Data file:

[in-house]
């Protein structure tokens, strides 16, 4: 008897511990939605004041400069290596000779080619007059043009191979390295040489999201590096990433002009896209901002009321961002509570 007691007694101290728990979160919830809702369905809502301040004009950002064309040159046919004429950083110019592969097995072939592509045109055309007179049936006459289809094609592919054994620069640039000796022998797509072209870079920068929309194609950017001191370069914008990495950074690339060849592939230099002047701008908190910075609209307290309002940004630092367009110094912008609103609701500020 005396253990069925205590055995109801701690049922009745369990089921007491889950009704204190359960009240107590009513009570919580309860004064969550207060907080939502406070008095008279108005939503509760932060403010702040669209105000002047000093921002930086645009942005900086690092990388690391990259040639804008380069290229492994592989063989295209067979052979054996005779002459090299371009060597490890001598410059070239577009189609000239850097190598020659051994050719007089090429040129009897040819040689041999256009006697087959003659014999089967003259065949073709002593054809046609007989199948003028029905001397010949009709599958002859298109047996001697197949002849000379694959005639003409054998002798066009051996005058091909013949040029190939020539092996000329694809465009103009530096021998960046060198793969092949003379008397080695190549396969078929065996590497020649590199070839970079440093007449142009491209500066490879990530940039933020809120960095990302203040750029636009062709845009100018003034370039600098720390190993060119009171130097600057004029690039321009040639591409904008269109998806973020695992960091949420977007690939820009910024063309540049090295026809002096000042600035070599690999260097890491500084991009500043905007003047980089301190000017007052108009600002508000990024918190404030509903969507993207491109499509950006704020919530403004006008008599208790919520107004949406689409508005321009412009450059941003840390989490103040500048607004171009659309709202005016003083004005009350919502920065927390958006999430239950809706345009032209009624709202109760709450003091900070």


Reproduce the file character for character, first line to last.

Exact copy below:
[in-house]
């Protein structure tokens, strides 16, 4: 008897511990939605004041400069290596000779080619007059043009191979390295040489999201590096990433002009896209901002009321961002509570 007691007694101290728990979160919830809702369905809502301040004009950002064309040159046919004429950083110019592969097995072939592509045109055309007179049936006459289809094609592919054994620069640039000796022998797509072209870079920068929309194609950017001191370069914008990495950074690339060849592939230099002047701008908190910075609209307290309002940004630092367009110094912008609103609701500020 005396253990069925205590055995109801701690049922009745369990089921007491889950009704204190359960009240107590009513009570919580309860004064969550207060907080939502406070008095008279108005939503509760932060403010702040669209105000002047000093921002930086645009942005900086690092990388690391990259040639804008380069290229492994592989063989295209067979052979054996005779002459090299371009060597490890001598410059070239577009189609000239850097190598020659051994050719007089090429040129009897040819040689041999256009006697087959003659014999089967003259065949073709002593054809046609007989199948003028029905001397010949009709599958002859298109047996001697197949002849000379694959005639003409054998002798066009051996005058091909013949040029190939020539092996000329694809465009103009530096021998960046060198793969092949003379008397080695190549396969078929065996590497020649590199070839970079440093007449142009491209500066490879990530940039933020809120960095990302203040750029636009062709845009100018003034370039600098720390190993060119009171130097600057004029690039321009040639591409904008269109998806973020695992960091949420977007690939820009910024063309540049090295026809002096000042600035070599690999260097890491500084991009500043905007003047980089301190000017007052108009600002508000990024918190404030509903969507993207491109499509950006704020919530403004006008008599208790919520107004949406689409508005321009412009450059941003840390989490103040500048607004171009659309709202005016003083004005009350919502920065927390958006999430239950809706345009032209009624709202109760709450003091900070």